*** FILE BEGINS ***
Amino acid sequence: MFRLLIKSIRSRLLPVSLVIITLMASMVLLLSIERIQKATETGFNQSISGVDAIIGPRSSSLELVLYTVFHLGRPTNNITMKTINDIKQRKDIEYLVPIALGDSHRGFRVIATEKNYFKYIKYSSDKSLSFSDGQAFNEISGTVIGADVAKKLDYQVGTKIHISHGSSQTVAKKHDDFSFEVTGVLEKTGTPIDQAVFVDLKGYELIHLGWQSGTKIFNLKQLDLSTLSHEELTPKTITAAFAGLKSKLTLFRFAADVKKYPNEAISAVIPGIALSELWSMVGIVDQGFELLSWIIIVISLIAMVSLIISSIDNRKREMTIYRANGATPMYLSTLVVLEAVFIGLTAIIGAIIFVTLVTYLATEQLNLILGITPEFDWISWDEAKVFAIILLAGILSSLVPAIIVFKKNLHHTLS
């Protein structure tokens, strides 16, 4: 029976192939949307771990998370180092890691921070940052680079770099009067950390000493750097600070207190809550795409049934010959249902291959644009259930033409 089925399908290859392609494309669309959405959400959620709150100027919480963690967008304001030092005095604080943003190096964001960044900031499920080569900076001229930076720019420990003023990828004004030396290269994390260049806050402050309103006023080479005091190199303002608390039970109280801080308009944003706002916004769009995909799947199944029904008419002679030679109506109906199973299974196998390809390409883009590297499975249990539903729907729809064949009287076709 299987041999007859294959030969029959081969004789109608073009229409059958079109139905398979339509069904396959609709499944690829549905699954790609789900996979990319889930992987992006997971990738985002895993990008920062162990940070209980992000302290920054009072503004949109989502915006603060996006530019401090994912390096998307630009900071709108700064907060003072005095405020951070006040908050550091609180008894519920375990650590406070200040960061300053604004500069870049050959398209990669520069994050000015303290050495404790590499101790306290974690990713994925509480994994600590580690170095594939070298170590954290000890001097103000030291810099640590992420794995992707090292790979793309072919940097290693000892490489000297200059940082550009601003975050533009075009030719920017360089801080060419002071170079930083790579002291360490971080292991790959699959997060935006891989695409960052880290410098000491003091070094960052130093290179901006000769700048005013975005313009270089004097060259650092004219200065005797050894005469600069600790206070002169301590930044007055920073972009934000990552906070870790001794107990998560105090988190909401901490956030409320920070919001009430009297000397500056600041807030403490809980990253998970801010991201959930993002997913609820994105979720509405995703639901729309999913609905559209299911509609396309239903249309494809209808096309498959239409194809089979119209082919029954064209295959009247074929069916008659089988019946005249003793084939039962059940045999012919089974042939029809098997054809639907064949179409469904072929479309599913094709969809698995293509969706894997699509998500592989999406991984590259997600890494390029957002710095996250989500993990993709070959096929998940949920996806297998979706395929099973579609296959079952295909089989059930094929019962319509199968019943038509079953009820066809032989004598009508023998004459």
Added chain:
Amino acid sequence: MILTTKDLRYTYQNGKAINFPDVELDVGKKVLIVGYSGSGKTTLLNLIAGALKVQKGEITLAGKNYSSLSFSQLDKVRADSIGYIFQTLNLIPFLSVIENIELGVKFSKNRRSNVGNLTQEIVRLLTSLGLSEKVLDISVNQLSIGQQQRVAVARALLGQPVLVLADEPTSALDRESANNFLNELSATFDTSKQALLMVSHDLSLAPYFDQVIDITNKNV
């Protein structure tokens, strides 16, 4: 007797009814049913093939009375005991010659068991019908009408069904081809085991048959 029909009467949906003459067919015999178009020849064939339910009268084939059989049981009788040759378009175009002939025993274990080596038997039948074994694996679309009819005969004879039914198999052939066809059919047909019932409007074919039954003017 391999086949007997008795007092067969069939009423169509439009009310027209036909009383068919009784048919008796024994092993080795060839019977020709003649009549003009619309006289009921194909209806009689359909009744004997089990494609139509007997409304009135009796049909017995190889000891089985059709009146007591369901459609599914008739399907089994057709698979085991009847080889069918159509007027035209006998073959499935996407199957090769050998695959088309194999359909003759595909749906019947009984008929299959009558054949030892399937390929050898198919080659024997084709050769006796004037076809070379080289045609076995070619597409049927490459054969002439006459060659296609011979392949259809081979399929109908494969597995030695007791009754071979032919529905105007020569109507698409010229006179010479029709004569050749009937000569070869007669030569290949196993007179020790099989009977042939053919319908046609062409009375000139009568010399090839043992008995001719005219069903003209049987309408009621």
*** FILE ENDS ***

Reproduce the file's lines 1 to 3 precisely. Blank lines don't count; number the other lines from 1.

Amino acid sequence: MFRLLIKSIRSRLLPVSLVIITLMASMVLLLSIERIQKATETGFNQSISGVDAIIGPRSSSLELVLYTVFHLGRPTNNITMKTINDIKQRKDIEYLVPIALGDSHRGFRVIATEKNYFKYIKYSSDKSLSFSDGQAFNEISGTVIGADVAKKLDYQVGTKIHISHGSSQTVAKKHDDFSFEVTGVLEKTGTPIDQAVFVDLKGYELIHLGWQSGTKIFNLKQLDLSTLSHEELTPKTITAAFAGLKSKLTLFRFAADVKKYPNEAISAVIPGIALSELWSMVGIVDQGFELLSWIIIVISLIAMVSLIISSIDNRKREMTIYRANGATPMYLSTLVVLEAVFIGLTAIIGAIIFVTLVTYLATEQLNLILGITPEFDWISWDEAKVFAIILLAGILSSLVPAIIVFKKNLHHTLS
């Protein structure tokens, strides 16, 4: 029976192939949307771990998370180092890691921070940052680079770099009067950390000493750097600070207190809550795409049934010959249902291959644009259930033409 089925399908290859392609494309669309959405959400959620709150100027919480963690967008304001030092005095604080943003190096964001960044900031499920080569900076001229930076720019420990003023990828004004030396290269994390260049806050402050309103006023080479005091190199303002608390039970109280801080308009944003706002916004769009995909799947199944029904008419002679030679109506109906199973299974196998390809390409883009590297499975249990539903729907729809064949009287076709 299987041999007859294959030969029959081969004789109608073009229409059958079109139905398979339509069904396959609709499944690829549905699954790609789900996979990319889930992987992006997971990738985002895993990008920062162990940070209980992000302290920054009072503004949109989502915006603060996006530019401090994912390096998307630009900071709108700064907060003072005095405020951070006040908050550091609180008894519920375990650590406070200040960061300053604004500069870049050959398209990669520069994050000015303290050495404790590499101790306290974690990713994925509480994994600590580690170095594939070298170590954290000890001097103000030291810099640590992420794995992707090292790979793309072919940097290693000892490489000297200059940082550009601003975050533009075009030719920017360089801080060419002071170079930083790579002291360490971080292991790959699959997060935006891989695409960052880290410098000491003091070094960052130093290179901006000769700048005013975005313009270089004097060259650092004219200065005797050894005469600069600790206070002169301590930044007055920073972009934000990552906070870790001794107990998560105090988190909401901490956030409320920070919001009430009297000397500056600041807030403490809980990253998970801010991201959930993002997913609820994105979720509405995703639901729309999913609905559209299911509609396309239903249309494809209808096309498959239409194809089979119209082919029954064209295959009247074929069916008659089988019946005249003793084939039962059940045999012919089974042939029809098997054809639907064949179409469904072929479309599913094709969809698995293509969706894997699509998500592989999406991984590259997600890494390029957002710095996250989500993990993709070959096929998940949920996806297998979706395929099973579609296959079952295909089989059930094929019962319509199968019943038509079953009820066809032989004598009508023998004459």
Added chain: